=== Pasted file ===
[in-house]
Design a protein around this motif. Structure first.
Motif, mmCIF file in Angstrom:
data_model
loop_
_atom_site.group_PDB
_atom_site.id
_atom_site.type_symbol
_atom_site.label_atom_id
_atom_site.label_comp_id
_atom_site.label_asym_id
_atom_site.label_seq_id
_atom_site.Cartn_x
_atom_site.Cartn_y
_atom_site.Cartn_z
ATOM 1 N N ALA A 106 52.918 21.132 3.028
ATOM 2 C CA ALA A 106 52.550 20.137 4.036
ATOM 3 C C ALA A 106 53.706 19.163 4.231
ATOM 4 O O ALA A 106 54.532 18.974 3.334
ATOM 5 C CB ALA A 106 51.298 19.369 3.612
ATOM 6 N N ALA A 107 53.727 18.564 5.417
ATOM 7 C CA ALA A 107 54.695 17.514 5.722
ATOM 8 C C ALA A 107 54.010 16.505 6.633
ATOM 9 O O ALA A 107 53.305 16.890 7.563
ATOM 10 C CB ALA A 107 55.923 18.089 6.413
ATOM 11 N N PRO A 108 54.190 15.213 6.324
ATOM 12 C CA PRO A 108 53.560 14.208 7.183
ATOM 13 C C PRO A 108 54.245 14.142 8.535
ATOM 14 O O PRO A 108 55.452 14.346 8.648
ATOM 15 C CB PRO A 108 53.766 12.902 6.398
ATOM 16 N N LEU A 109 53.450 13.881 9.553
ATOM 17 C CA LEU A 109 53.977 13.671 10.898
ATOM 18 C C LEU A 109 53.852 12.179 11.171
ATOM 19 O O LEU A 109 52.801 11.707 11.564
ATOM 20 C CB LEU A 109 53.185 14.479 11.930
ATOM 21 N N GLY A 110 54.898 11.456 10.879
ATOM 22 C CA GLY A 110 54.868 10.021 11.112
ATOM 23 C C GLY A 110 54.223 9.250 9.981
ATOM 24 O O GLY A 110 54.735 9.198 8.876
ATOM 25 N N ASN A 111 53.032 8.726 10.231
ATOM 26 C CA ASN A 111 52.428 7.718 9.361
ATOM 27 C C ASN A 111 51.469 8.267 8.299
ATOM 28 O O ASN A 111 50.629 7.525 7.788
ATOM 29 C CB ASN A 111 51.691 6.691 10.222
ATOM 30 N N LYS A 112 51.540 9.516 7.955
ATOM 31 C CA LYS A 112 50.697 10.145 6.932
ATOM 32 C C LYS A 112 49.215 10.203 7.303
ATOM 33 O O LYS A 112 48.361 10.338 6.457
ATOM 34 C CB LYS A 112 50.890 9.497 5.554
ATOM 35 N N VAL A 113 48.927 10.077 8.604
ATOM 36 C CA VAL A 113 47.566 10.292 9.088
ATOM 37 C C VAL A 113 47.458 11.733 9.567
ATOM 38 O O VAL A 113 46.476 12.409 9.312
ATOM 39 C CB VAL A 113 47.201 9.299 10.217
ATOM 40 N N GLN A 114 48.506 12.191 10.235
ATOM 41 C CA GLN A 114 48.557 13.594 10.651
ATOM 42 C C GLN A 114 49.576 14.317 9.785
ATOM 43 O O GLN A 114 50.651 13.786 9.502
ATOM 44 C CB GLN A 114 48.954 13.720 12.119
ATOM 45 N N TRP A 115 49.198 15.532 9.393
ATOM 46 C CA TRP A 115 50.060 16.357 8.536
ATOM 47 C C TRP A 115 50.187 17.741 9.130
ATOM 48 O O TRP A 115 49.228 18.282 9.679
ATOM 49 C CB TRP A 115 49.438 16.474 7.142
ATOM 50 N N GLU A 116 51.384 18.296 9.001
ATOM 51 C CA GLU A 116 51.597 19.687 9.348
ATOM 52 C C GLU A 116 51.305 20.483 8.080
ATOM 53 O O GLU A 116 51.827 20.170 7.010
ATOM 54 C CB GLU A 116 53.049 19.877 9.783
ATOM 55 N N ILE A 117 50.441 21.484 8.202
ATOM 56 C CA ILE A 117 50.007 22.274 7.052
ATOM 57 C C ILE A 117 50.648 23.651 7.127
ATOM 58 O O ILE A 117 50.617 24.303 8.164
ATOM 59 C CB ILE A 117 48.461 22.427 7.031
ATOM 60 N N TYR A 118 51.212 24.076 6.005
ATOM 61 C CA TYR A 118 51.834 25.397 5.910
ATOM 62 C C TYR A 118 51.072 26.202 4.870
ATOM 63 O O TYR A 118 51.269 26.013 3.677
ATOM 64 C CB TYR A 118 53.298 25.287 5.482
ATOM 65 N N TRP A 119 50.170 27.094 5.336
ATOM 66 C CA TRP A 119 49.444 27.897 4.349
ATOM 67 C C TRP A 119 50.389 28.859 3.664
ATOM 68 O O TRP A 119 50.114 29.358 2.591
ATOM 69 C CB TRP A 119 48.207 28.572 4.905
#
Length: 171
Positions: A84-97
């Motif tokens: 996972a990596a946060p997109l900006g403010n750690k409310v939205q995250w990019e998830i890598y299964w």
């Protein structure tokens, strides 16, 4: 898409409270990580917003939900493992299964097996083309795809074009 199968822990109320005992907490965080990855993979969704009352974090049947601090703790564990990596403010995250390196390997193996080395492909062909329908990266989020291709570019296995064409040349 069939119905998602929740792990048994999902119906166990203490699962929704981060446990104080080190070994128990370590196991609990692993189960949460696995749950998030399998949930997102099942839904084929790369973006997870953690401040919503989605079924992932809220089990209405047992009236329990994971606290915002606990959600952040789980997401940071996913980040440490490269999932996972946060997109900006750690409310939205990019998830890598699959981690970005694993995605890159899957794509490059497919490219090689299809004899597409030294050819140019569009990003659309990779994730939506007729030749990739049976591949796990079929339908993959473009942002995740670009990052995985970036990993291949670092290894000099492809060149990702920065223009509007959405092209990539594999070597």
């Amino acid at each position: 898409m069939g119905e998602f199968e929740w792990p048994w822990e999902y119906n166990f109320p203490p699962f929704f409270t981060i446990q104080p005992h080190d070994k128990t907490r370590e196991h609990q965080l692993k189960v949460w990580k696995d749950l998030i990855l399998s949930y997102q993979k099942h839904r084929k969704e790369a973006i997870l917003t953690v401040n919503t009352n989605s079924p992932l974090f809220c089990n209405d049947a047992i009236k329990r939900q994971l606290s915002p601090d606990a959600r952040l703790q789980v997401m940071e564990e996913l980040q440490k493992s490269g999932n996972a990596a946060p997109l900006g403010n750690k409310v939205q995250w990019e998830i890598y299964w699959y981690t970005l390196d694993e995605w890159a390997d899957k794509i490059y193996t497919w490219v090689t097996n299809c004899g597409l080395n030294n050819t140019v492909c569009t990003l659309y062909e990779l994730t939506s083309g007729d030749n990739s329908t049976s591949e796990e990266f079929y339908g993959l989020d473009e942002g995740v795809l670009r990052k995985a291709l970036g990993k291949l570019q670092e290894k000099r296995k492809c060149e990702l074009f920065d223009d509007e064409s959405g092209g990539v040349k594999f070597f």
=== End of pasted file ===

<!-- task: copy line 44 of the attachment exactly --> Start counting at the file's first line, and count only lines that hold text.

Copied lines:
ATOM 29 C CB ASN A 111 51.691 6.691 10.222